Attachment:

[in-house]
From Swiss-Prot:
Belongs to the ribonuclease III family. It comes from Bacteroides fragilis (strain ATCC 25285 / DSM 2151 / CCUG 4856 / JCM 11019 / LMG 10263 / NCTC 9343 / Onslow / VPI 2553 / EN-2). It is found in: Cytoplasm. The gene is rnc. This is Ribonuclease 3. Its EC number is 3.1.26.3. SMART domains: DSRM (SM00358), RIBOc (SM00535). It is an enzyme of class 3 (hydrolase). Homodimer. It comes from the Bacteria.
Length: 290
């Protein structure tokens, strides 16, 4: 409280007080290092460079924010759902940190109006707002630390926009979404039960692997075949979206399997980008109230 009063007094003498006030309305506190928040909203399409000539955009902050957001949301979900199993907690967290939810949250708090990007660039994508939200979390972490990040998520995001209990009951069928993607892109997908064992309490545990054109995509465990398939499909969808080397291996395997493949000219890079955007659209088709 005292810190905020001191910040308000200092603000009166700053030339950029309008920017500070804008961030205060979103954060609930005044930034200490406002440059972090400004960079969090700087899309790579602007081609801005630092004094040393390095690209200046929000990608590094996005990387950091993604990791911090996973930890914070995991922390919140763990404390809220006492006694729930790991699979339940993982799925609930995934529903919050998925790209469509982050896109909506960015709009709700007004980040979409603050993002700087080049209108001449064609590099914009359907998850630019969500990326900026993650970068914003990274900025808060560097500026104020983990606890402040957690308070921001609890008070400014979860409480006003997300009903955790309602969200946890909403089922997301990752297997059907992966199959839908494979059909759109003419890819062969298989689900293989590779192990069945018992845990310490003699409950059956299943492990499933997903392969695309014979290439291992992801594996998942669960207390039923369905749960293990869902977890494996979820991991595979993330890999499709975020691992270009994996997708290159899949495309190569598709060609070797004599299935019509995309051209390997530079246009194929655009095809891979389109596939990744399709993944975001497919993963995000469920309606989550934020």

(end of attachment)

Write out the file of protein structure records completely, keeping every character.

[in-house]
From Swiss-Prot:
Belongs to the ribonuclease III family. It comes from Bacteroides fragilis (strain ATCC 25285 / DSM 2151 / CCUG 4856 / JCM 11019 / LMG 10263 / NCTC 9343 / Onslow / VPI 2553 / EN-2). It is found in: Cytoplasm. The gene is rnc. This is Ribonuclease 3. Its EC number is 3.1.26.3. SMART domains: DSRM (SM00358), RIBOc (SM00535). It is an enzyme of class 3 (hydrolase). Homodimer. It comes from the Bacteria.
Length: 290
């Protein structure tokens, strides 16, 4: 409280007080290092460079924010759902940190109006707002630390926009979404039960692997075949979206399997980008109230 009063007094003498006030309305506190928040909203399409000539955009902050957001949301979900199993907690967290939810949250708090990007660039994508939200979390972490990040998520995001209990009951069928993607892109997908064992309490545990054109995509465990398939499909969808080397291996395997493949000219890079955007659209088709 005292810190905020001191910040308000200092603000009166700053030339950029309008920017500070804008961030205060979103954060609930005044930034200490406002440059972090400004960079969090700087899309790579602007081609801005630092004094040393390095690209200046929000990608590094996005990387950091993604990791911090996973930890914070995991922390919140763990404390809220006492006694729930790991699979339940993982799925609930995934529903919050998925790209469509982050896109909506960015709009709700007004980040979409603050993002700087080049209108001449064609590099914009359907998850630019969500990326900026993650970068914003990274900025808060560097500026104020983990606890402040957690308070921001609890008070400014979860409480006003997300009903955790309602969200946890909403089922997301990752297997059907992966199959839908494979059909759109003419890819062969298989689900293989590779192990069945018992845990310490003699409950059956299943492990499933997903392969695309014979290439291992992801594996998942669960207390039923369905749960293990869902977890494996979820991991595979993330890999499709975020691992270009994996997708290159899949495309190569598709060609070797004599299935019509995309051209390997530079246009194929655009095809891979389109596939990744399709993944975001497919993963995000469920309606989550934020």